<p>Now we can think about the results a bit. First, the shape of the curves is entirely unsurprising–this is what a train of exponentials looks like. The result may be familiar from circuit theory. </p>
<p>We have two time-scales to look at: the steady-state and the transient. </p>
<p>The steady-state is perhaps more interesting, simulating the behavior of a habitutated drinker. We can see that in the case of 1 cup of coffee per day (figure 2), the caffeine content actually dips quite low before the next dose. However, when the drinker goes up to two cups per day (figure 3), they have a significant background level of active caffeine that is around 60 mg. This means that that much caffeine is constantly active in their bodies. </p>
<p>In the case of the transients, we can think of this as someone coming back to caffeine consumption after a long period without any consumption. The transition from no consumption to steady-state is perhaps clearest in figure 4. Here, we see the rise in background up to about 50 mg of always active caffeine (nearly a can of soda equivalent).</p>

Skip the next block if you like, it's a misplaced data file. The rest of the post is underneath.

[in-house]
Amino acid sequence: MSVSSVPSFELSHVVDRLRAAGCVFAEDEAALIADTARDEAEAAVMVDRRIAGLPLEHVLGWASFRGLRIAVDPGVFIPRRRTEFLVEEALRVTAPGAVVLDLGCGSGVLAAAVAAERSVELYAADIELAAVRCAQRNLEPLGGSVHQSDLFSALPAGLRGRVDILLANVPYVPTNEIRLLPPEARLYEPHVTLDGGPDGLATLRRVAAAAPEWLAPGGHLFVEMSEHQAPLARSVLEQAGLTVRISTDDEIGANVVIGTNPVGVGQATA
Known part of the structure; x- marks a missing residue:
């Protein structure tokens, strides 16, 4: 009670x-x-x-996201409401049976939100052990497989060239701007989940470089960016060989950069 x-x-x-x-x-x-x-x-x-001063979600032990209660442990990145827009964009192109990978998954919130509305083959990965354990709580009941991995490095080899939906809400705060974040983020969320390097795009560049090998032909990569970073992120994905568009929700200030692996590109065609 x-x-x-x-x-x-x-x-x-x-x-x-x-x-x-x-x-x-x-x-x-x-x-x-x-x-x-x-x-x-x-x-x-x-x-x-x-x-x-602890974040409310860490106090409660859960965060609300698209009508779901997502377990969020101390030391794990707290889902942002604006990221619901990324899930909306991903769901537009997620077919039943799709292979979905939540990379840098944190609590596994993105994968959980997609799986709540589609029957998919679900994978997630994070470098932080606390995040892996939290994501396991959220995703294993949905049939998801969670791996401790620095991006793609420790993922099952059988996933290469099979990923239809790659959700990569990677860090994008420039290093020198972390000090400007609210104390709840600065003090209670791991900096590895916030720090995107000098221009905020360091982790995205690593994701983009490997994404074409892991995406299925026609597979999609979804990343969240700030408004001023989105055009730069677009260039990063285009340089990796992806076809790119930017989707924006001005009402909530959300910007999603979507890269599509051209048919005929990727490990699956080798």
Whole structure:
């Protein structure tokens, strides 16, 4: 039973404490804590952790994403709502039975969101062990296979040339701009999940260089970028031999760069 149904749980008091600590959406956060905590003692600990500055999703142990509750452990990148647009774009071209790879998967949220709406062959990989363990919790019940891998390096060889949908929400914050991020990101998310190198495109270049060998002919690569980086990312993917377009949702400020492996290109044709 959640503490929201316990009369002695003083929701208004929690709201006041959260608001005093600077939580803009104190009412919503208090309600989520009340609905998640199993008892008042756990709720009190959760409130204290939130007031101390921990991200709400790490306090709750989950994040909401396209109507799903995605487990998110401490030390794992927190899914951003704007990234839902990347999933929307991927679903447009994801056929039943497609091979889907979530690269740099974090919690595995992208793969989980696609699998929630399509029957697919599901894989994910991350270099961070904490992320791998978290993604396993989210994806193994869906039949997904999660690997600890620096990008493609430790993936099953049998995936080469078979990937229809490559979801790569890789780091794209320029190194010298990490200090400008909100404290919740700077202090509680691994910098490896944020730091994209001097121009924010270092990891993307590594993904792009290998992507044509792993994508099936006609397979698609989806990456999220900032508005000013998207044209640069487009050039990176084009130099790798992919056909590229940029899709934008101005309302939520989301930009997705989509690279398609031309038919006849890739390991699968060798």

<p>Remember, this is a toy model and shouldn’t be used for quantitative predictions. Qualitatively, we can clearly see that frequent consumption leads to a significant background level.</p>
<p>We can briefly consider the biological side of things. The mechanism of action of caffeine is to act as a competitive inhibitor on certain receptors within certain neurons. An increased background level of cafffeine means that the caffeine is constantly acting on these receptors as a competitive inhibitor. In a realistic biological system, this activity may change the profile of gene expression to increase receptor production, requiring more caffeine to result in the same effect, i.e. tolerance to a certain dosage of caffeine.</p>